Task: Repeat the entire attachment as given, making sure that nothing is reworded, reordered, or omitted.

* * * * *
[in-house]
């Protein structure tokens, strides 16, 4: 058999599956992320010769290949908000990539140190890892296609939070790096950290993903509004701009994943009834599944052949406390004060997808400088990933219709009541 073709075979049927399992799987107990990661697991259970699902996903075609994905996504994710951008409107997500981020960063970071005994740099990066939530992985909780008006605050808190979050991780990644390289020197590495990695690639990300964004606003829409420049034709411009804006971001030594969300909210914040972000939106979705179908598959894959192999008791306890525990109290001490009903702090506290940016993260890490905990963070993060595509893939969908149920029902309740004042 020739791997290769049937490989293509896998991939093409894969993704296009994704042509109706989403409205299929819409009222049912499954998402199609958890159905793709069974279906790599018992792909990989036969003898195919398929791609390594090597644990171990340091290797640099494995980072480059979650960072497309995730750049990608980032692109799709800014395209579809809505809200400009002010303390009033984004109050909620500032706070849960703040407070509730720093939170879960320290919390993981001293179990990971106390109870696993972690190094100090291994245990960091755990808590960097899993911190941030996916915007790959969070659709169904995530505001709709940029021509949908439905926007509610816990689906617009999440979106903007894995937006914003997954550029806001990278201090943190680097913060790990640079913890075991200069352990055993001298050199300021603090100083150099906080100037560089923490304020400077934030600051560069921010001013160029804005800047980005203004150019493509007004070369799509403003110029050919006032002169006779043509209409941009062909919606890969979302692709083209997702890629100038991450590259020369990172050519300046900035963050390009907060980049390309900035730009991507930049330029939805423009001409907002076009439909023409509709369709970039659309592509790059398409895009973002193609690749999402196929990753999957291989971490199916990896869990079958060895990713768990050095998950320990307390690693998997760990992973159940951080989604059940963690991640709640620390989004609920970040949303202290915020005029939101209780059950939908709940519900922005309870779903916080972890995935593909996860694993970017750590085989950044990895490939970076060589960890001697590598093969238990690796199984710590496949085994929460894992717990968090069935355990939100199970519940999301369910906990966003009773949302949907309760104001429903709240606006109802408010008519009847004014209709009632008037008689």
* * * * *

[in-house]
């Protein structure tokens, strides 16, 4: 058999599956992320010769290949908000990539140190890892296609939070790096950290993903509004701009994943009834599944052949406390004060997808400088990933219709009541 073709075979049927399992799987107990990661697991259970699902996903075609994905996504994710951008409107997500981020960063970071005994740099990066939530992985909780008006605050808190979050991780990644390289020197590495990695690639990300964004606003829409420049034709411009804006971001030594969300909210914040972000939106979705179908598959894959192999008791306890525990109290001490009903702090506290940016993260890490905990963070993060595509893939969908149920029902309740004042 020739791997290769049937490989293509896998991939093409894969993704296009994704042509109706989403409205299929819409009222049912499954998402199609958890159905793709069974279906790599018992792909990989036969003898195919398929791609390594090597644990171990340091290797640099494995980072480059979650960072497309995730750049990608980032692109799709800014395209579809809505809200400009002010303390009033984004109050909620500032706070849960703040407070509730720093939170879960320290919390993981001293179990990971106390109870696993972690190094100090291994245990960091755990808590960097899993911190941030996916915007790959969070659709169904995530505001709709940029021509949908439905926007509610816990689906617009999440979106903007894995937006914003997954550029806001990278201090943190680097913060790990640079913890075991200069352990055993001298050199300021603090100083150099906080100037560089923490304020400077934030600051560069921010001013160029804005800047980005203004150019493509007004070369799509403003110029050919006032002169006779043509209409941009062909919606890969979302692709083209997702890629100038991450590259020369990172050519300046900035963050390009907060980049390309900035730009991507930049330029939805423009001409907002076009439909023409509709369709970039659309592509790059398409895009973002193609690749999402196929990753999957291989971490199916990896869990079958060895990713768990050095998950320990307390690693998997760990992973159940951080989604059940963690991640709640620390989004609920970040949303202290915020005029939101209780059950939908709940519900922005309870779903916080972890995935593909996860694993970017750590085989950044990895490939970076060589960890001697590598093969238990690796199984710590496949085994929460894992717990968090069935355990939100199970519940999301369910906990966003009773949302949907309760104001429903709240606006109802408010008519009847004014209709009632008037008689």